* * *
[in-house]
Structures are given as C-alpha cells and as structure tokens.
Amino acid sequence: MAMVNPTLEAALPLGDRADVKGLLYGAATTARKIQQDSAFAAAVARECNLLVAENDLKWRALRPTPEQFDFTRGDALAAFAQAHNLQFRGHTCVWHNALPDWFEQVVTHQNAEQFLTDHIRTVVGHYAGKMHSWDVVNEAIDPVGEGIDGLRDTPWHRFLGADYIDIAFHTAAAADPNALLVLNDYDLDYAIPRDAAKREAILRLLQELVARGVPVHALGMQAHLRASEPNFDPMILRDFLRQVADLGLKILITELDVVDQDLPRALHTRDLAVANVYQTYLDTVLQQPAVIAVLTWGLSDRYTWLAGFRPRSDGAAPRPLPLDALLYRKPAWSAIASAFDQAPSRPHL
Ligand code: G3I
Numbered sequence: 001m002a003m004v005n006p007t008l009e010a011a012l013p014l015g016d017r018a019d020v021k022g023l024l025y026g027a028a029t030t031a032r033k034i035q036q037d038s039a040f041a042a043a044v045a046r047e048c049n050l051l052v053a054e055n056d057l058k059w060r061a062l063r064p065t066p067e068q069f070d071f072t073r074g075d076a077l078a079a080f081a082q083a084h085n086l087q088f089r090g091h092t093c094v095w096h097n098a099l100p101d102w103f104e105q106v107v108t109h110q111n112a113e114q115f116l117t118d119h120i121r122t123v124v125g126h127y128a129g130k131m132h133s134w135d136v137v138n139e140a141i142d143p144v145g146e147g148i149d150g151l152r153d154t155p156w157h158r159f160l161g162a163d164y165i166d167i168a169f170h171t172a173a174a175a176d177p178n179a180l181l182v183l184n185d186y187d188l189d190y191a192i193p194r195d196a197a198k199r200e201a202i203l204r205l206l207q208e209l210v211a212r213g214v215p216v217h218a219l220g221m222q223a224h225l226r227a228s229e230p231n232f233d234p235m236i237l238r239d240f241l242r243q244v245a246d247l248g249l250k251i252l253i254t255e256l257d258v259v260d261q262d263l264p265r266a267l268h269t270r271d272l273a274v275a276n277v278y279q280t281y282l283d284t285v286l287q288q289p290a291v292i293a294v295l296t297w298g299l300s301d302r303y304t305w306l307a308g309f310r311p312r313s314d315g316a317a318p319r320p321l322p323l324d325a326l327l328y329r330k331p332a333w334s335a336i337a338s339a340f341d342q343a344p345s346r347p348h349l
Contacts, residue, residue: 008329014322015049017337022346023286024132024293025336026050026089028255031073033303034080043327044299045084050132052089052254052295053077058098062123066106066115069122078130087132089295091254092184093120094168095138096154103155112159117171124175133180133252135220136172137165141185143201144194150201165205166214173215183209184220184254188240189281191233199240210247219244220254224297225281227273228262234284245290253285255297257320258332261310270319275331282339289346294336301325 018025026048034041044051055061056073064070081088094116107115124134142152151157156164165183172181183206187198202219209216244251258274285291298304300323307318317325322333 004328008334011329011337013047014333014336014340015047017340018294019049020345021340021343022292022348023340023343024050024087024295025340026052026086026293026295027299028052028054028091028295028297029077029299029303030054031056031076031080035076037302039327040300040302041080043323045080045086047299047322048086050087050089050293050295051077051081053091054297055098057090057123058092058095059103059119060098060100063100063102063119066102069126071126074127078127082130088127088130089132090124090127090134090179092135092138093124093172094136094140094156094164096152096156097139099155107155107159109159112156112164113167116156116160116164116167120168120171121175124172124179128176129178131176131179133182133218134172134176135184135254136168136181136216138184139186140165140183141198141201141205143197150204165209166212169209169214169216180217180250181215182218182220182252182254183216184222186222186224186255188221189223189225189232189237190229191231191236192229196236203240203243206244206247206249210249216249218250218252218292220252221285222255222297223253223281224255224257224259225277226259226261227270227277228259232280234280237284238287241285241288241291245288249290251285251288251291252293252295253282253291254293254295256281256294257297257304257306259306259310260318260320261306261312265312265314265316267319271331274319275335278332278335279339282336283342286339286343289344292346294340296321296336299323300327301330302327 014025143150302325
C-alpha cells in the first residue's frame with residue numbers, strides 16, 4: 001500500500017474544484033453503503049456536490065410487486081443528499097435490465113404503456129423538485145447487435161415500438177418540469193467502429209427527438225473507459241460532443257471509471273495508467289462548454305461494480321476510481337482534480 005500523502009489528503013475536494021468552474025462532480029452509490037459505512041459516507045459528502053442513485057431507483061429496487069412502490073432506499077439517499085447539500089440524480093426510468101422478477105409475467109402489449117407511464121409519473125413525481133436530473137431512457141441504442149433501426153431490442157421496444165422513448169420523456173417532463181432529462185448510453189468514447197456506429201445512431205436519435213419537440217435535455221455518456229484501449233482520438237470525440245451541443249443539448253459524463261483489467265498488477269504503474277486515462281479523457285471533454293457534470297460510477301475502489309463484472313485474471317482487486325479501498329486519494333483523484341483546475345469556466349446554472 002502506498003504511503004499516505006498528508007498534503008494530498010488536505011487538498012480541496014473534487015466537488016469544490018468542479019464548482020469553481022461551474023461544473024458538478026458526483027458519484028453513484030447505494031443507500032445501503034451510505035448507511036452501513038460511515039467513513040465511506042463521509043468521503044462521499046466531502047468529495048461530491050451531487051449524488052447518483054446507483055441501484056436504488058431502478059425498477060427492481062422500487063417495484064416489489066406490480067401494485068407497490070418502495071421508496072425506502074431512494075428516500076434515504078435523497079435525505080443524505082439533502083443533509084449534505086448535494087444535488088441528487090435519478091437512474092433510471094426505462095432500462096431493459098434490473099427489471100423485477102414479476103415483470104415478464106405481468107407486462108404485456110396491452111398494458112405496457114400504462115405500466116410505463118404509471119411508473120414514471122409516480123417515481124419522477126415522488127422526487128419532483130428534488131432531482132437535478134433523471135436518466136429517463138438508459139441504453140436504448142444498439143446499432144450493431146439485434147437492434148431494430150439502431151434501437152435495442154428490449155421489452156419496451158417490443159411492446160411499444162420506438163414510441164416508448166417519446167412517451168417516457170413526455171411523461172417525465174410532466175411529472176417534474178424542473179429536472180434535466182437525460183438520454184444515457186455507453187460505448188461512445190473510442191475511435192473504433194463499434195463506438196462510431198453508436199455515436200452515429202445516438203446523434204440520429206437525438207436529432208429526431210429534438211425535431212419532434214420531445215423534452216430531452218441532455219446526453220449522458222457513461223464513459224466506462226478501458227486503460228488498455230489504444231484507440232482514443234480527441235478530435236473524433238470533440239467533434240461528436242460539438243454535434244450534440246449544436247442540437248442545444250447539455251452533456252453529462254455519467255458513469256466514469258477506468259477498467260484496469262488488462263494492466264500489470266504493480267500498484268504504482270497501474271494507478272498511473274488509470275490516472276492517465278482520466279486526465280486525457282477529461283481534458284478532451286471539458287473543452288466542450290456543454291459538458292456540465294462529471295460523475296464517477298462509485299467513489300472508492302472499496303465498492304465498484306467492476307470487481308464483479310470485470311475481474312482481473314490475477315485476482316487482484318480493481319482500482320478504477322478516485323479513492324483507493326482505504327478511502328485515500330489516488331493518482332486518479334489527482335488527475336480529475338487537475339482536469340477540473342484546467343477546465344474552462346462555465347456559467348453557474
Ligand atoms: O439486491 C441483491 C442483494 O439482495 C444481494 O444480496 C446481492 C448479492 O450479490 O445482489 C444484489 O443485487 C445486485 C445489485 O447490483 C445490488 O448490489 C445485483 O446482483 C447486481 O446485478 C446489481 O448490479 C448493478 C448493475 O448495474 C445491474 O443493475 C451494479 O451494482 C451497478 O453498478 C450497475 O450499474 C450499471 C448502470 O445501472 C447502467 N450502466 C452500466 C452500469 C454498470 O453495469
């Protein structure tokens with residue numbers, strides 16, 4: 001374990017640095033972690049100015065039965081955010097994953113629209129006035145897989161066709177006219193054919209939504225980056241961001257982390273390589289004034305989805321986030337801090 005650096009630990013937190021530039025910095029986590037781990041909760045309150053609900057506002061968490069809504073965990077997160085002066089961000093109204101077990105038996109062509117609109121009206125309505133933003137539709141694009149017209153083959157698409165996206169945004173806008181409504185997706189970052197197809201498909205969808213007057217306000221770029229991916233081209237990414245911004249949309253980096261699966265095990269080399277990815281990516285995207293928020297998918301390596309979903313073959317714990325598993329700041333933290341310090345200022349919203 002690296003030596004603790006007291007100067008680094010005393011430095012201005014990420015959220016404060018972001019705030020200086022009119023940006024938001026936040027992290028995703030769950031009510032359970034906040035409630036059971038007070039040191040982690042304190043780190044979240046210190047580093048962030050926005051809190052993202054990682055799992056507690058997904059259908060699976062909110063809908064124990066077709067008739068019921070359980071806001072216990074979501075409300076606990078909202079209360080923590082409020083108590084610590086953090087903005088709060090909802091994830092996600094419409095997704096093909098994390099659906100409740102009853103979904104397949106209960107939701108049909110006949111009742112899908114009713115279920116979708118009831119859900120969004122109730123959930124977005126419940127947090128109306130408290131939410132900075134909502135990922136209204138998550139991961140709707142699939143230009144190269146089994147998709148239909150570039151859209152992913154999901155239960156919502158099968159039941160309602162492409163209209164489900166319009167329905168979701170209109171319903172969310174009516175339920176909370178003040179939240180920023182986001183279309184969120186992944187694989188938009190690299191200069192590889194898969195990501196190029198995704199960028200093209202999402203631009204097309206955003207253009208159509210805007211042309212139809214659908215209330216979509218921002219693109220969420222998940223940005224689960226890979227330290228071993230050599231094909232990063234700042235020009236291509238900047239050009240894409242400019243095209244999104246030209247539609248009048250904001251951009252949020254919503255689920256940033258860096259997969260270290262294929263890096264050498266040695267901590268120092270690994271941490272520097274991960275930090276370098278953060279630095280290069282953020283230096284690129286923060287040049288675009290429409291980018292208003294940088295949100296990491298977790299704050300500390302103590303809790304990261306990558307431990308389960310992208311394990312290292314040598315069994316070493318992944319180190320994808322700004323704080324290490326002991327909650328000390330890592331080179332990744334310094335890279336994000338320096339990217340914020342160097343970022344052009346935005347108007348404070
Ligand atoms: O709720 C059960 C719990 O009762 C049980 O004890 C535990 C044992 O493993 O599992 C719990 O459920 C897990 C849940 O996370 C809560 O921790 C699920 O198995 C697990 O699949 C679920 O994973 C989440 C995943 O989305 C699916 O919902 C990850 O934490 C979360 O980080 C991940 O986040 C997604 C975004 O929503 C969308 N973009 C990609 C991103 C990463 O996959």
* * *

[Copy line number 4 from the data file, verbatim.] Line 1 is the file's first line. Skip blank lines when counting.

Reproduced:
Ligand code: G3I